By contrast, Storefront's exhibition resurrects the oft-neglected role of the architect as advocate. "The architect has the privilege and responsibility to articulate and translate the collective aspirations of an entire society, specifically those not able to sit at the decision-making tables," read the press materials, before transitioning to a less optimistic tone and suggesting that over the last twenty years "the role of the architect in the political arena has often been reduced to answering questions that others have asked."

True to that representative premise, Ana Dana Beros of ARCHIsquad – Group for Architecture of Conscience writes to Zagreb, Croatia mayor Milan Bandic on behalf of migrant and voiceless non-citizens in the city. Ana Maria Leon signs her letter to Mayor Jaime Nebot Saadi of Guayaquil, Ecuador, "in the name of many". Using the Twitter hashtag #CartaNebot, she invited participation. Her letter culls together the social media responses and presents several topics for consideration, including the future of the city's environment, transportation, infrastructure, and vision.

Citizen-versus-crony is a critical identity for both architect and critic. In a globalised, networked, and viral society, allegiance to a single city rather than to The City as a thematic may seem a bit mawkish or the stuff of fandom. But engagement with real, local conditions is crucial for architecture's global relevancy. Indeed, my own contribution is old-fashioned. Even as Los Angeles' mayor is touted as an Instagramming populist in The New York Times, I begin: "Dear Mayor Garcetti".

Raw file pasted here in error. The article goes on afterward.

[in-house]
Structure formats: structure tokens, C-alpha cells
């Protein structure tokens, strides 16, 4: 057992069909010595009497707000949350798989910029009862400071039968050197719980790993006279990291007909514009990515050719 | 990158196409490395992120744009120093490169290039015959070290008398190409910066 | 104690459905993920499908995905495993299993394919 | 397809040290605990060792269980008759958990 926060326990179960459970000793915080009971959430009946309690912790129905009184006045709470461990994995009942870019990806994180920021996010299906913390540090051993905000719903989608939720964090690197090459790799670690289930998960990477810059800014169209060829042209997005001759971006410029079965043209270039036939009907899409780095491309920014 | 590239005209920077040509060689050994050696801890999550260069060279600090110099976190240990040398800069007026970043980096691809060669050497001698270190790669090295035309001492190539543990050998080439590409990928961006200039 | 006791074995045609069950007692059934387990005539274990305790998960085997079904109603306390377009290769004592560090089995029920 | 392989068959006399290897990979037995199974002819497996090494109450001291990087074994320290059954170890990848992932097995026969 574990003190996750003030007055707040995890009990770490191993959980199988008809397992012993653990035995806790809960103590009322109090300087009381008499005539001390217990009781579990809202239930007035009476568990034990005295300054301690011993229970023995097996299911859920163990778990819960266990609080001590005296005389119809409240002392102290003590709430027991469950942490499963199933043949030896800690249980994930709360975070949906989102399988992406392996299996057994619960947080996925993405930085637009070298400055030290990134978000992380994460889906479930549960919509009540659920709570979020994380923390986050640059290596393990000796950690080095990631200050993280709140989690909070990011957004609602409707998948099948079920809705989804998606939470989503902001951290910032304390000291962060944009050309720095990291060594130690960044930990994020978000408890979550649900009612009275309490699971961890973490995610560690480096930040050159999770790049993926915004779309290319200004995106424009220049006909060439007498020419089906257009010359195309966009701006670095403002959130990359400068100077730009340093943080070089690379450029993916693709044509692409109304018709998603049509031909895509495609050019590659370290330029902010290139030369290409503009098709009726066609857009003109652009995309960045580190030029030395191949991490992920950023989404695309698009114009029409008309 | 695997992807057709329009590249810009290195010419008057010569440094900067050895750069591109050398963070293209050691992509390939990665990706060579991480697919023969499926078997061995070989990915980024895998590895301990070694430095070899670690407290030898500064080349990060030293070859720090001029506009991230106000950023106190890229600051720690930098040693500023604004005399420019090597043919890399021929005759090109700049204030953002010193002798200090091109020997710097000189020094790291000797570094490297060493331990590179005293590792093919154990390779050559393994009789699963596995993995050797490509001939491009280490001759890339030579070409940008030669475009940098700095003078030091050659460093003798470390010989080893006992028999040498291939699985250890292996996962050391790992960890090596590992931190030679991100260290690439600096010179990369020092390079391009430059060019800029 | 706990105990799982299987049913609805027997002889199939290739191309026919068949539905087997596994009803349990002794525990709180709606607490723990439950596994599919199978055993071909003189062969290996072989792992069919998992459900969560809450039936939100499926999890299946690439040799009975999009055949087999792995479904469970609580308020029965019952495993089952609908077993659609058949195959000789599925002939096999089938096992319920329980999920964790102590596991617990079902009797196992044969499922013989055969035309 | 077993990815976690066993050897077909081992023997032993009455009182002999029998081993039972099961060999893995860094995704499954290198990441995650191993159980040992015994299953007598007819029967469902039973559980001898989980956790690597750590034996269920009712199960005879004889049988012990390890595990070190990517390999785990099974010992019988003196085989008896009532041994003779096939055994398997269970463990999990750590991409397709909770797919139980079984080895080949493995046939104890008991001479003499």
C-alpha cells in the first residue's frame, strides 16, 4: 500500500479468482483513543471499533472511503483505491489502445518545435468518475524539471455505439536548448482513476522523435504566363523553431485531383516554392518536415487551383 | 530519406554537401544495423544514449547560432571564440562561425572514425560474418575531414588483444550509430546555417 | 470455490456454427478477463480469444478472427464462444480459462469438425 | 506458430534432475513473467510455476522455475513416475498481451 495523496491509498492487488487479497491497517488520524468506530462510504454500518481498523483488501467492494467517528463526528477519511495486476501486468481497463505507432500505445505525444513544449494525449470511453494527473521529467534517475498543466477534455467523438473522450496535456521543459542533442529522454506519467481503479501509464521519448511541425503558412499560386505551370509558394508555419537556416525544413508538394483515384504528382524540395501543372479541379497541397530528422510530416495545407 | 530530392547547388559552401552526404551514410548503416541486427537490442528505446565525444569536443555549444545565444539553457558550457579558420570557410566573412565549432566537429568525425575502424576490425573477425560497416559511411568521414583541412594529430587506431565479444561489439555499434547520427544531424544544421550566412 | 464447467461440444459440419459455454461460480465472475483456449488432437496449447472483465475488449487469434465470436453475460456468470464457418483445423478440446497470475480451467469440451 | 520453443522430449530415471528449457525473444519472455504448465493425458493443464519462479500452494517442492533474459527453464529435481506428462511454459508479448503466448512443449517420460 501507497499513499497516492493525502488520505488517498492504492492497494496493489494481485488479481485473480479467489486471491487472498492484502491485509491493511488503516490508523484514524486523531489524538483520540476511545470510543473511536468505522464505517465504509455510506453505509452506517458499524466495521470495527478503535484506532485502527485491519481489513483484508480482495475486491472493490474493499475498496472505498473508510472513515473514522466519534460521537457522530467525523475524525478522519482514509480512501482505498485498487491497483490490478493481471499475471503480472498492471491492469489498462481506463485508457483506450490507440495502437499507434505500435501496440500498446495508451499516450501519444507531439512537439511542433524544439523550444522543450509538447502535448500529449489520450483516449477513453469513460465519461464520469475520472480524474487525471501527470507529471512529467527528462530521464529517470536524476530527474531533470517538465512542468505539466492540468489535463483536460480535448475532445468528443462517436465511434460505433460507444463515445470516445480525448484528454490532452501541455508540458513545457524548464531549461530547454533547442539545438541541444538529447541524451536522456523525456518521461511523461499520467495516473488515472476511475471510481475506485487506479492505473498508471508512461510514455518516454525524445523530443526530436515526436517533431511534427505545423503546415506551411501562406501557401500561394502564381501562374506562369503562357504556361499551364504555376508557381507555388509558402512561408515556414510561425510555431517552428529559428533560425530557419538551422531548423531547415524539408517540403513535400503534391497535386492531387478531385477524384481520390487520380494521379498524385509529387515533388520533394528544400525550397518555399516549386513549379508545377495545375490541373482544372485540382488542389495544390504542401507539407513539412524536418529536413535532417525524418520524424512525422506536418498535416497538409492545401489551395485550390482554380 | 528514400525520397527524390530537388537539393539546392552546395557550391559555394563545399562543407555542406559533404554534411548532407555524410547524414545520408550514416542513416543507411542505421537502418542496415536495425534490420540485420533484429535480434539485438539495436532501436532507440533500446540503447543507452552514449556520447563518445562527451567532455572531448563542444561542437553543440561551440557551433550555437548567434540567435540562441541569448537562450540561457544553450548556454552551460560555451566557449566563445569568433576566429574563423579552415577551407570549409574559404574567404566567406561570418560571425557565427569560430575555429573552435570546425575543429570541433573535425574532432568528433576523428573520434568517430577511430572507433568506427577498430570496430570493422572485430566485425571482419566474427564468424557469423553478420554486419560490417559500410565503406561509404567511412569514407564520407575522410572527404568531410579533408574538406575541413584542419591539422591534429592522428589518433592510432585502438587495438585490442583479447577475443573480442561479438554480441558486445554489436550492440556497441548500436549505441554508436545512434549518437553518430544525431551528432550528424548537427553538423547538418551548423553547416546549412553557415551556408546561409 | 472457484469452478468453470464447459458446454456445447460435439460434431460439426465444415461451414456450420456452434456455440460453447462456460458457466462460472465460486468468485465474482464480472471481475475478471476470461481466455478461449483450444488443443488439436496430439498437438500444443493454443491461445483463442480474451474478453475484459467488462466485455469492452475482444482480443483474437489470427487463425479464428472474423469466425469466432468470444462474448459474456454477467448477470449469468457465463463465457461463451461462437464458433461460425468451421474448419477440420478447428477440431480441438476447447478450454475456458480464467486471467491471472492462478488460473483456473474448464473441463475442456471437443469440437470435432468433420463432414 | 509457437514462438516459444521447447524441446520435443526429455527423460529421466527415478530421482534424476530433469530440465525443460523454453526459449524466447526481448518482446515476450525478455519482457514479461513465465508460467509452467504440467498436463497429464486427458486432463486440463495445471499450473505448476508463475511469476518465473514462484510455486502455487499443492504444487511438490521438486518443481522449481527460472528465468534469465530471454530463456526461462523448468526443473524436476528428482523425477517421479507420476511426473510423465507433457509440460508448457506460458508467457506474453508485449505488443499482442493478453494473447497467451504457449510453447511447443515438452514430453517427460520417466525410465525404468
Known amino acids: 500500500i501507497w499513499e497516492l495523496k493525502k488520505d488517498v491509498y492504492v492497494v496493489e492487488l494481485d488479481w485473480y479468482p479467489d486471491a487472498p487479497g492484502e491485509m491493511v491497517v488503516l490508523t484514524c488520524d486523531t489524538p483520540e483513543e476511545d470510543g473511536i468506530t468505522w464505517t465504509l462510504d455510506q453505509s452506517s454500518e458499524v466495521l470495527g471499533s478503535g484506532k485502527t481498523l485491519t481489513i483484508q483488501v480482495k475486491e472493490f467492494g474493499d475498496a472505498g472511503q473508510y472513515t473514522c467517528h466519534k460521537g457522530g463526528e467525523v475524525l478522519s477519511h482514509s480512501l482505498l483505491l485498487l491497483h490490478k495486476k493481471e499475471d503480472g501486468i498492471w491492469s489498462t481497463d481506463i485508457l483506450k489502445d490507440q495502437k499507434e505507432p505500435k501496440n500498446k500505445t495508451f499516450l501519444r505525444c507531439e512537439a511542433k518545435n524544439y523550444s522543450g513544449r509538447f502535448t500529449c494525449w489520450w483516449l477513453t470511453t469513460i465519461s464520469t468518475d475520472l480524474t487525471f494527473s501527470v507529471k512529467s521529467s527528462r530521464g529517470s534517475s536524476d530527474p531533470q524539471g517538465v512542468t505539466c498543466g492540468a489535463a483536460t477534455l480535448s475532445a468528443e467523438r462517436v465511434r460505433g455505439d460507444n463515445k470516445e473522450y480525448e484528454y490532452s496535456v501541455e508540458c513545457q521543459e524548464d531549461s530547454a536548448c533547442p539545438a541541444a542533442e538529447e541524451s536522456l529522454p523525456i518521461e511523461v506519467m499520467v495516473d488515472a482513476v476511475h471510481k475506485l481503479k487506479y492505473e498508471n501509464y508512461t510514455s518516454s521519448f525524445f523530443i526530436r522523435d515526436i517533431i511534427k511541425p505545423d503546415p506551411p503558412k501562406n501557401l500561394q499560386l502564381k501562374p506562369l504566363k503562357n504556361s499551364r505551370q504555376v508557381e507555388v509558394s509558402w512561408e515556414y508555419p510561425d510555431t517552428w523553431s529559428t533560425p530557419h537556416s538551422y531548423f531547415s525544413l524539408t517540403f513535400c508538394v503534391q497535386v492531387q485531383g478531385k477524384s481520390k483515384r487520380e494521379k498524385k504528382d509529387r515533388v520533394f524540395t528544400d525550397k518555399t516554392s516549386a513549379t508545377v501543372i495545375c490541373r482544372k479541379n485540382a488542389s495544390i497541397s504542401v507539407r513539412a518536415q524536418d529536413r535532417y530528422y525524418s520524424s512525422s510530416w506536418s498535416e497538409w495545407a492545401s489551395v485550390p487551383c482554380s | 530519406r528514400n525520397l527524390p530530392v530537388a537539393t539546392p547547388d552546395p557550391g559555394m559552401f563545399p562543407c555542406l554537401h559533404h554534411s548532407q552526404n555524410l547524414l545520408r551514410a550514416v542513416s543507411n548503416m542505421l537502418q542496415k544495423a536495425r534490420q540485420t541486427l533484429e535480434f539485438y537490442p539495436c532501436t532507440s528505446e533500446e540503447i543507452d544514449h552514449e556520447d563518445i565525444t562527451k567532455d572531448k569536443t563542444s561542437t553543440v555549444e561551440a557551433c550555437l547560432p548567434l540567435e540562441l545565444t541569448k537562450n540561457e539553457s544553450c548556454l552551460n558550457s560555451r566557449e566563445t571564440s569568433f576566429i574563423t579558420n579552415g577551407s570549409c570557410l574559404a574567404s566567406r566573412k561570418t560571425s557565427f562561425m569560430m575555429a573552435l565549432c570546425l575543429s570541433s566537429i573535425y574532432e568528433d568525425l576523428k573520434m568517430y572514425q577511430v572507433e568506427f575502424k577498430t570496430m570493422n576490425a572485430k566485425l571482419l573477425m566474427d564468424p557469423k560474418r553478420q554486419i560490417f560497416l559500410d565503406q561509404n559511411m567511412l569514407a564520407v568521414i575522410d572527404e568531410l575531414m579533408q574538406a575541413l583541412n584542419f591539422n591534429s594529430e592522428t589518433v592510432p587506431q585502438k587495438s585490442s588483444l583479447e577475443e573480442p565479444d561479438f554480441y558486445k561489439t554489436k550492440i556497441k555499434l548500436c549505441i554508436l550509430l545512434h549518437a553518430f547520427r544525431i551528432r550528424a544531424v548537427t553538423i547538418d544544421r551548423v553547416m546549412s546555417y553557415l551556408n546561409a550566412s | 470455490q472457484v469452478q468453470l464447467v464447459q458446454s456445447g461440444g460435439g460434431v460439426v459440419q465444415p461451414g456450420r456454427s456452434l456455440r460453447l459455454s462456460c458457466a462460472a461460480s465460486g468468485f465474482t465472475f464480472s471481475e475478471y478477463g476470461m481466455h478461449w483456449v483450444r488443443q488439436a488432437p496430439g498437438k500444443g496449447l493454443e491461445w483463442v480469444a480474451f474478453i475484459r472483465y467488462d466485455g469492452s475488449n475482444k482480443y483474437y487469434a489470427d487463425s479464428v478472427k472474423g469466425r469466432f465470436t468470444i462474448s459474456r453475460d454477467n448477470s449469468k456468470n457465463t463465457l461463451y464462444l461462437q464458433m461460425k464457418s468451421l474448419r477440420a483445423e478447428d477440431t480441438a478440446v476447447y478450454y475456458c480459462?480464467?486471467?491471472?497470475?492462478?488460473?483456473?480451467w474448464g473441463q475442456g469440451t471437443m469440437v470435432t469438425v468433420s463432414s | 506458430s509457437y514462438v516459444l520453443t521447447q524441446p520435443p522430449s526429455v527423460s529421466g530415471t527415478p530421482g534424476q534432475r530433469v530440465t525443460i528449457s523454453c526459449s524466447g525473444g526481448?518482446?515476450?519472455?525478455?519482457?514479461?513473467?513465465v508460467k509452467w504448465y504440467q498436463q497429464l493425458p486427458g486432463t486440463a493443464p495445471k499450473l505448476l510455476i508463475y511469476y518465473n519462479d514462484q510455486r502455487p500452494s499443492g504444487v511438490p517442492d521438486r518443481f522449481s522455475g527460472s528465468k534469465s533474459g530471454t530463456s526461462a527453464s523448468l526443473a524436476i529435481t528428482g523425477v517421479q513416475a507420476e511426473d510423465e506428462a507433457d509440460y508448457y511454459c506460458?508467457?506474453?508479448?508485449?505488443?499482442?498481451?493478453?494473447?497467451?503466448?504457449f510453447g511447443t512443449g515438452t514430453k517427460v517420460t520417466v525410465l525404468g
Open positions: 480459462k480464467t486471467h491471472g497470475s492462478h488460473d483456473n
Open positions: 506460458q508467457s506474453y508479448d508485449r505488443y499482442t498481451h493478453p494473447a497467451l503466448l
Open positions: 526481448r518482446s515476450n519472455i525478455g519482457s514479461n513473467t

Letter writing, in addressing a singular audience is at once formal and intimate. As a fellow Angeleno, I implored the mayor to tackle affordable housing in the city not only as a means to ensure a diverse populace and social just urban realm, but also as a typology ready for architectural experimentation. It was important for me to not treat my correspondence as simply an exhibition exercise. I penned my letter, signed it, folded the pages into an envelope, pasted a stamp on the corner, and sent it on its way to Spring Street, thus expressing my desires for change in the city that Mayor Garcetti and I share.


Mimi Zeiger is a Los Angeles-based journalist and critic. She covers art, architecture, urbanism and design for a number of publications including The New York Times, Domus, Dwell, and Architect, where she is a contributing editor. Zeiger is author of New Museums, Tiny Houses and Micro Green: Tiny Houses in Nature. She is currently adjunct faculty in the Media Design Practices MFA program at Art Center. Zeiger also is editor and publisher of loud paper, a zine and blog dedicated to increasing the volume of architectural discourse.

  • Rafael Gomez-Moriana

    During Spain’s transition to democracy, certain architects took on important bureaucratic positions in municipal governments in order to effect profound urban-architectural change. Critic Llatzer Moix penned a 2002 history of the transformation of Barcelona with the title “La ciudad de los arquitectos” (City of Architects), no less.

    • Ronel Constantin

      Hey, do think it’s because of this ideology that Spain is going through some tough times with the housing market?

  • Rafael Gomez-Moriana

    Spain’s housing market problems resulted from the feverish construction boom of the 2000s, decades after the transition-to-democracy period of the late 1970s – 80s, so I don’t think we can say that one necessarily led to the other. The 2000s boom was, moreover, provoked (on purpose) by the conservative Aznar government’s easing of restrictions on land use zoning in the late 90s, which many architects opposed because it would result in sprawl. As it turns out, it also resulted in a lot of corruption scandals…